Brexit as Force Majeure – Boris Johnson’s Act of God?

By Audrey Fick, Associate Editor

Britain must negotiate a trade deal with Europe regarding future commercial relations by the end of 2020, or face expensive disruption with its largest trading partner.  That deadline may be impossible, however, considering that recent European trade deals with Canada and Japan took seven years, and only further complicated by Johnson’s intent to break from European regulatory rules concerning labor, environment, and product safety.  In moving UK commitments to abide by EU standards regarding tax, labor rights, and environment out of the legally binding portion of the Brexit deal into a separate, non-binding political deal, Johnson arranged for increased freedom to diverge from EU norms post-Brexit.  The greater the divergence, the greater the restrictions imposed on the UK’s access to the European marketplace.

Britain and Europe will either strike a narrow deal governing some manufactured goods, or Britain will “crash out” with no deal at all.  In the latter event, companies on both sides of the English Channel will resort to further stockpiling goods in anticipation of choked ports and customs issues, with inability to deliver goods, perform services, or otherwise meet contractual obligations resulting in non-performance.  Concerns regarding allocation of additional costs resulting from time on docks, duties, tariffs, customs, and additional certifications by notifying bodies will give rise to further litigation.

Non-performing parties may seek characterization of Brexit as a force majeure event in order to avoid contractual liability.  The party seeking to invoke suchdefenseneed show that the precipitating event is within the scope of the contract’sforce majeure clause, and establish but-for causation between that event and non-performance.

When determining whether the event is within the clause’s scope, courts look to parties’ intent, specific language, and course of dealing.  Sweep-up or catch-all language, such as “any other cause beyond the Seller’s reasonable control”, will be read in the context of the entireclause to determine whether any of the specifically stated events are reasonably connected to the type of event to which the party now seeks the clause’s application.  While no common law rule maintains that an event need be wholly unforeseeable at time of drafting, an argument for force majeure will be weakened if the event is reasonably foreseeable or reasonably within the party’s control such that they could have made relevant provisions.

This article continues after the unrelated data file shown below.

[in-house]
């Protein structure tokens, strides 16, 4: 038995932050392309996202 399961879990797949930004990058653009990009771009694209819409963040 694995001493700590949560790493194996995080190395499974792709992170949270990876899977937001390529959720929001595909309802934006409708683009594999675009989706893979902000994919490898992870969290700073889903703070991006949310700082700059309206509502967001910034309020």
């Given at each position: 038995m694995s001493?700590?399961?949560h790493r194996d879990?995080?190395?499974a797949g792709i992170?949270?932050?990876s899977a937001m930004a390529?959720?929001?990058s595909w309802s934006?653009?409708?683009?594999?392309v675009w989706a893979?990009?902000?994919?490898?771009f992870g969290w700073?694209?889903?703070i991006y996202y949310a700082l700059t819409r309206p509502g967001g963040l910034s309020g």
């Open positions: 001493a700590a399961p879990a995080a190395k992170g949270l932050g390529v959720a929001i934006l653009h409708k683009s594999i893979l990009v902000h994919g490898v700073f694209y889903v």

Courts typically construe force majeure clauses narrowly, and English law has long maintained that economic changes affecting a contract’s profitability or ease of performance are not force majeure events.  Yet Professor David L. Reed cautions against outright dismissal of Brexit as such, urging consideration that courts have never had to deal with this type of “event” and may weigh contract age, product type, potential mitigation, and history of the parties as influencing factors.

In conjunction with the age of contract analysis, attention will be paid to express inclusion of such an event during drafting.  Particular emphasis will be placed on whether time of contracting occurred during or after the UK’s 26 June 2016 vote to leave the EU and / or 29 March 2017 formal notice of intention to leave under TEU Art. 50(2), either of which would cut against drafters who failed to include relevant Brexit-contemplative provisions.

Omission from the contract’s contingencies of express Brexit-related trigger events reasonably foreseeable at time of drafting bodes poorly for the party arguing for force majeure characterization.  Absence of such an express clause may result in application of the common law doctrine of frustration, but frustration applies only in restricted circumstances and provides limited relief.  Parties currently negotiating contracts would do better to include express Brexit termination provisions now than to attempt later reliance on force majeureor frustration.

Predictions: A post-Brexit spike in litigation relating to interpretation of existing contracts, drafting of new language, and allocation of additional costs will result in the practical damage of Brexit being borne predominantly by small- and medium-sized enterprises (SMEs) unable to afford the expense of protracted litigation.  As such, SMEs and local businessowners will be less likely to survive Brexit’s fallout and its accompanying uncertainty, resulting in disparate impact on the middle- and working-classes and further wealth stratification.  Prevailing large-scale enterprises and newer agile enterprises will absorb their market share.



Simon Beasley, Force Majeure and Brexit, Bolt Burdon Solic.: Blog, available at (last visited Jan. 29, 2020).

Amanda Cowell & Daisy Wetherill, How to predict the unpredictable: Force Majeure clauses in changing political landscapes, PLC Mag.(Apr. 1, 2019), available at (last visited Jan. 29, 2020).

E-mail from David L. Reed, Adjunct Professor of International Business Transactions, Syracuse U. Coll. of Law, to author (Jan. 29, 2020, 12:38 EST) (on file with author).

Edward Evans, What Brexit Will and Won’t Change on Jan. 31: QuickTake, The Wash. Post(Jan. 27, 2020), available at (last visited Jan. 29, 2020).

Peter S. Goodman, Brexit Is Finally Happening, but the Complicated Part Is Just Beginning, The N.Y. Times(Jan. 29, 2020), available at (last visited Jan. 29, 2020).

Practical Law’s Contracts: force majeure, Practical Law UK Practice Note 7-380-6134 (2019).

UNIDROIT Principles, art. 7.1.7.

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